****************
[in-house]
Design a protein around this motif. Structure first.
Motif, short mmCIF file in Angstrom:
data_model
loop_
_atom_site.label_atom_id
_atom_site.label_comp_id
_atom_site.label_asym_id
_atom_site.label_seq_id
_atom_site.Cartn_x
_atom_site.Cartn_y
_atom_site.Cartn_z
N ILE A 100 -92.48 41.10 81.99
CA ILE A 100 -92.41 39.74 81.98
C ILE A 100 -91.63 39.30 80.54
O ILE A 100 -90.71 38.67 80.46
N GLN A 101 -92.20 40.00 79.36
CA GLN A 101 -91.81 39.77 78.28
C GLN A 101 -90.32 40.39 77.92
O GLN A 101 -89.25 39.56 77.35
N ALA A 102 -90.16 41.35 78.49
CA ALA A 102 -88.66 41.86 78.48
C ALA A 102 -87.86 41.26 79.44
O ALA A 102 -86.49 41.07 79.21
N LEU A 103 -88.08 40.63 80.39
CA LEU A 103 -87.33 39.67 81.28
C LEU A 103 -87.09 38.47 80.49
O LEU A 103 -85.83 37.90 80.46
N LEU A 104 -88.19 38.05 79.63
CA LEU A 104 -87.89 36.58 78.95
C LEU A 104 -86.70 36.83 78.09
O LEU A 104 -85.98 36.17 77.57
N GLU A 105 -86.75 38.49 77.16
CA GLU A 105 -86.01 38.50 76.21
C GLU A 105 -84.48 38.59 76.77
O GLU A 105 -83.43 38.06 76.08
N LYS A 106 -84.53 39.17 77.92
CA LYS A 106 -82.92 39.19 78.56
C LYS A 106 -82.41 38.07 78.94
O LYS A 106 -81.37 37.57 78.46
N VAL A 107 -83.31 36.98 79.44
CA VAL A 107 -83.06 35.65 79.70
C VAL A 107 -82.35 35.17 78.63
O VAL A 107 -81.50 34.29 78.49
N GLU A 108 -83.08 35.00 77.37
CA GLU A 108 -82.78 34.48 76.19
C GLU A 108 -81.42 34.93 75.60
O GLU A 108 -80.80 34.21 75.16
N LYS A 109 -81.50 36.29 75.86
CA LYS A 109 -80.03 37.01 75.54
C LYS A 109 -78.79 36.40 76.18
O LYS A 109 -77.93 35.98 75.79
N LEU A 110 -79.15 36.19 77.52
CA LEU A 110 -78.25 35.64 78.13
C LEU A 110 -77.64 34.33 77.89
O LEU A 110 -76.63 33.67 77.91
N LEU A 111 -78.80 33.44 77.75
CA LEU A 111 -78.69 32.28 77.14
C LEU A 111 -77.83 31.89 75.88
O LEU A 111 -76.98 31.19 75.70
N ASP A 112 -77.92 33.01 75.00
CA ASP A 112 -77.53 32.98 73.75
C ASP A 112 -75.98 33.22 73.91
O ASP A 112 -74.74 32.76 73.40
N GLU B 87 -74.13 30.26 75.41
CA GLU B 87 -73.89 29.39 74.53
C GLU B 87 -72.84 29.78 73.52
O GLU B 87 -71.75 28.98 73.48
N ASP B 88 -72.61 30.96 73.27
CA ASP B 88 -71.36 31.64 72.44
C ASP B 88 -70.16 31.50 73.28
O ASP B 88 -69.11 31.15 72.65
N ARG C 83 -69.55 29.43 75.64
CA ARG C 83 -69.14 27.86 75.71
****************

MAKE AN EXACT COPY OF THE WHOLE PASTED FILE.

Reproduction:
[in-house]
Design a protein around this motif. Structure first.
Motif, short mmCIF file in Angstrom:
data_model
loop_
_atom_site.label_atom_id
_atom_site.label_comp_id
_atom_site.label_asym_id
_atom_site.label_seq_id
_atom_site.Cartn_x
_atom_site.Cartn_y
_atom_site.Cartn_z
N ILE A 100 -92.48 41.10 81.99
CA ILE A 100 -92.41 39.74 81.98
C ILE A 100 -91.63 39.30 80.54
O ILE A 100 -90.71 38.67 80.46
N GLN A 101 -92.20 40.00 79.36
CA GLN A 101 -91.81 39.77 78.28
C GLN A 101 -90.32 40.39 77.92
O GLN A 101 -89.25 39.56 77.35
N ALA A 102 -90.16 41.35 78.49
CA ALA A 102 -88.66 41.86 78.48
C ALA A 102 -87.86 41.26 79.44
O ALA A 102 -86.49 41.07 79.21
N LEU A 103 -88.08 40.63 80.39
CA LEU A 103 -87.33 39.67 81.28
C LEU A 103 -87.09 38.47 80.49
O LEU A 103 -85.83 37.90 80.46
N LEU A 104 -88.19 38.05 79.63
CA LEU A 104 -87.89 36.58 78.95
C LEU A 104 -86.70 36.83 78.09
O LEU A 104 -85.98 36.17 77.57
N GLU A 105 -86.75 38.49 77.16
CA GLU A 105 -86.01 38.50 76.21
C GLU A 105 -84.48 38.59 76.77
O GLU A 105 -83.43 38.06 76.08
N LYS A 106 -84.53 39.17 77.92
CA LYS A 106 -82.92 39.19 78.56
C LYS A 106 -82.41 38.07 78.94
O LYS A 106 -81.37 37.57 78.46
N VAL A 107 -83.31 36.98 79.44
CA VAL A 107 -83.06 35.65 79.70
C VAL A 107 -82.35 35.17 78.63
O VAL A 107 -81.50 34.29 78.49
N GLU A 108 -83.08 35.00 77.37
CA GLU A 108 -82.78 34.48 76.19
C GLU A 108 -81.42 34.93 75.60
O GLU A 108 -80.80 34.21 75.16
N LYS A 109 -81.50 36.29 75.86
CA LYS A 109 -80.03 37.01 75.54
C LYS A 109 -78.79 36.40 76.18
O LYS A 109 -77.93 35.98 75.79
N LEU A 110 -79.15 36.19 77.52
CA LEU A 110 -78.25 35.64 78.13
C LEU A 110 -77.64 34.33 77.89
O LEU A 110 -76.63 33.67 77.91
N LEU A 111 -78.80 33.44 77.75
CA LEU A 111 -78.69 32.28 77.14
C LEU A 111 -77.83 31.89 75.88
O LEU A 111 -76.98 31.19 75.70
N ASP A 112 -77.92 33.01 75.00
CA ASP A 112 -77.53 32.98 73.75
C ASP A 112 -75.98 33.22 73.91
O ASP A 112 -74.74 32.76 73.40
N GLU B 87 -74.13 30.26 75.41
CA GLU B 87 -73.89 29.39 74.53
C GLU B 87 -72.84 29.78 73.52
O GLU B 87 -71.75 28.98 73.48
N ASP B 88 -72.61 30.96 73.27
CA ASP B 88 -71.36 31.64 72.44
C ASP B 88 -70.16 31.50 73.28
O ASP B 88 -69.11 31.15 72.65
N ARG C 83 -69.55 29.43 75.64
CA ARG C 83 -69.14 27.86 75.71